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Board Games: From the Ancient World
Board games have a long history. The earliest recorded board game
was played by Egyptian royalty and dates back to 3500BCE. Romans and
Greeks played games not that different than backgammon, chess,
checkers, and dominos. Board games as we now know them hugely
increased in popularity during the late 19th Century, but Monopoly,
introduced in the 20th Century, has had the biggest impact.
Monopoly revolutionised board games. It's the single best-selling
board game of all time. Patented in 1935, it has been played over
750 million times. Hasbro touts it as "the most played (commercial)
board game in the world." It's been reintroduced in every way
imaginable – editions specific to individual nations, with complex
financial schemes like stock and bond markets, themed by films, TV
shows, sports teams, pets, and so on.
The game even has a historical role. In 1941, the British Secret
Service had a special edition manufactured to be sent to prisoners
of war held by the Nazis. The game had hidden escape kits that
included a concealed compass, maps of escape routes, and even real
bank notes. It's estimated that 10,000 servicemen escaped and
returned to Allied lines using the Monopoly escape kit.
New Editions Give Board Games New Life
Board games began to wane in popularity with the advent of radio,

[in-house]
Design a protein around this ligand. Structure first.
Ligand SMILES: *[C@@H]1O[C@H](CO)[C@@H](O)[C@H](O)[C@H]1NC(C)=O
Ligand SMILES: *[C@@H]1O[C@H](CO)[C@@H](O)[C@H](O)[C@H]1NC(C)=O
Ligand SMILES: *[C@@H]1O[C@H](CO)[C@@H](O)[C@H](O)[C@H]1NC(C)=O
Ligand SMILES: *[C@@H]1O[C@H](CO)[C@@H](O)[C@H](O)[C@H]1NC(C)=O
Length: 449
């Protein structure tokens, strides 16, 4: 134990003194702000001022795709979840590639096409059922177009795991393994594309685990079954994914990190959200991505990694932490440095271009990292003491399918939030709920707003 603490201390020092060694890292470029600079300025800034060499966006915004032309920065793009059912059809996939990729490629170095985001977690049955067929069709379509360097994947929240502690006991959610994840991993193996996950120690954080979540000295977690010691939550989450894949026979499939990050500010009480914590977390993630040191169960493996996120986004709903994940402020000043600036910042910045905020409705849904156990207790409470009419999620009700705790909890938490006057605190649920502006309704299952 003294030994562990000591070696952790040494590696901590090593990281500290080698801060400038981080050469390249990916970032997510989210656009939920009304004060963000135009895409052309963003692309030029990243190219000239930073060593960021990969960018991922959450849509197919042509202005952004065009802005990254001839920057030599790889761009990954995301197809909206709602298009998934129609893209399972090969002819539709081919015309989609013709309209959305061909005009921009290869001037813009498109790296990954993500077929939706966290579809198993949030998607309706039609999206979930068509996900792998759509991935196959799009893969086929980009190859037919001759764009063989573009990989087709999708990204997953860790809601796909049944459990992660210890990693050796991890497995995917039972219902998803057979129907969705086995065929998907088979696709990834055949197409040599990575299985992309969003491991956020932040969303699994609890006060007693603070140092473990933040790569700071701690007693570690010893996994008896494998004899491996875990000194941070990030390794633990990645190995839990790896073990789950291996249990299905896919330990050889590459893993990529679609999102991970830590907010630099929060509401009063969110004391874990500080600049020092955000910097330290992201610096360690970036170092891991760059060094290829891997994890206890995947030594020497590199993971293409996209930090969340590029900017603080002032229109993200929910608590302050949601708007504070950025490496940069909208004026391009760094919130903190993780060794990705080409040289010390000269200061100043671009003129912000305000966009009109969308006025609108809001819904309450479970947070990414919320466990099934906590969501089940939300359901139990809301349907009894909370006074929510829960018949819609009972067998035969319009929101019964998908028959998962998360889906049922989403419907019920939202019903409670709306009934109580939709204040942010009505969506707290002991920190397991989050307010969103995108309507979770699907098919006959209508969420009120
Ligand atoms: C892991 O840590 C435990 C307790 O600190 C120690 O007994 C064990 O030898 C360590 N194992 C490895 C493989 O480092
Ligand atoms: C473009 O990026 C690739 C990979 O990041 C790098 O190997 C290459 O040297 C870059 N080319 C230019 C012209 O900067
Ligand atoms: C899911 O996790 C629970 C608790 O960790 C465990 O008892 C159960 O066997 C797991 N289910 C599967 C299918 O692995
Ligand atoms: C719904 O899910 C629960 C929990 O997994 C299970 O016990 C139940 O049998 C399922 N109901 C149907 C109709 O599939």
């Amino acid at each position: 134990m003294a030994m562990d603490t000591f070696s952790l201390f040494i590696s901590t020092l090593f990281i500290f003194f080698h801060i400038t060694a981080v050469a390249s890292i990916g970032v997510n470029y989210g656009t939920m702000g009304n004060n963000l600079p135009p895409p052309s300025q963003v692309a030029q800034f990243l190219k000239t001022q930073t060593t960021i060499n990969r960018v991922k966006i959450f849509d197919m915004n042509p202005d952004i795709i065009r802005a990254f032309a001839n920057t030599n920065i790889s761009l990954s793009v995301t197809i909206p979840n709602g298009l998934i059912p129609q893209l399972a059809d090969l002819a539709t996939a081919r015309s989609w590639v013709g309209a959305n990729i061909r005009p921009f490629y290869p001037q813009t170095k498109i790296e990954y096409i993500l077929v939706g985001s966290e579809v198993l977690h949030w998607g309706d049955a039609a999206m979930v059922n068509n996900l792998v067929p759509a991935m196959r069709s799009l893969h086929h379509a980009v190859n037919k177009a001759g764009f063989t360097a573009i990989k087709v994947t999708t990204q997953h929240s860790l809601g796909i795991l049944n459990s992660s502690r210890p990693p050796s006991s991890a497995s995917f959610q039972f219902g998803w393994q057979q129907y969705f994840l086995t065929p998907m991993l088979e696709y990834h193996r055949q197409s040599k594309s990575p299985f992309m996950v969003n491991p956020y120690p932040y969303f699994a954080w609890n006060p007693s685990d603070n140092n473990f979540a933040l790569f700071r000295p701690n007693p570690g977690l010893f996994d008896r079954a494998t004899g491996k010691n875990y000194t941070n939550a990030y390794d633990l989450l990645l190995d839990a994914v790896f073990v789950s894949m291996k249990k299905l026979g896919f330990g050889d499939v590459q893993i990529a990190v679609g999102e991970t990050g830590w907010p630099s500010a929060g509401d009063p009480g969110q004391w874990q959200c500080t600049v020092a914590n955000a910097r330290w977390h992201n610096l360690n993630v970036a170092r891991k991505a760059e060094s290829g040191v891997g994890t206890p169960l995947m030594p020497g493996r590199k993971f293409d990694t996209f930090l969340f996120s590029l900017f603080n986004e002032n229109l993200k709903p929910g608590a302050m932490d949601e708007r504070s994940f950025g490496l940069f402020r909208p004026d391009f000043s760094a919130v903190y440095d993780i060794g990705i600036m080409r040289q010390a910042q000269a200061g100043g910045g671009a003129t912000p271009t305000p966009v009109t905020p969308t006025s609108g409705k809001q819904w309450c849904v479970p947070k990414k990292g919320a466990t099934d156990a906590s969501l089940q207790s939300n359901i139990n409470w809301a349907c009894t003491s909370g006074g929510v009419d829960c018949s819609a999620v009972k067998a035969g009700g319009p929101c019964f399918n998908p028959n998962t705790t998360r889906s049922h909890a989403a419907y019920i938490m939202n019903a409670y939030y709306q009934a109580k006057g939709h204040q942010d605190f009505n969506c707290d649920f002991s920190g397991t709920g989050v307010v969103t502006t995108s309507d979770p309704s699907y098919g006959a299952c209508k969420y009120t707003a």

television, and films. To compete with other forms of entertainment,
beginning in the 1980s, game manufacturers began producing themed
editions of classic board games based around popular movies and TV
shows. Scrabble is a good example. One of its most popular editions
is Star Trek Scrabble, based on the 1960s TV show. In it, you can
consult Klingon dictionaries, earn "tribble" word scores, and so on.
More recently, an edition of Scrabble Jr. features Dora the
Explorer, another TV show popular with children.
Today's Board Games
While classic games – like Monopoly, Risk, Battleship, and Scrabble
– are still popular, new board games have also been successful. New
games like Cranium, Wings of War, and Zombies have captured players
with modern twists on the traditional board game. Some combine the
different types of board games. Some allow for play in two languages
by use of reversible boards – one side in English and the other side
in another language.
Most importantly, modern games often incorporate other media into
play. Many now include a DVD to make game-playing both more
interactive and less old-fashioned. There are also online versions
such as the popular Farkle application on Facebook. The reverse is
equally true: World of Warcraft has gone from an online role-playing
game to two physical board games.
Today's games are based on worldwide interactivity. Games have
migrated to the Internet, so you can play against anyone in the
world, in real-time. It's clear that board games will continue to be
relevant, even if the board only exists in cyberspace.
Board Games - probably the largest choice of
Board Games in the UK!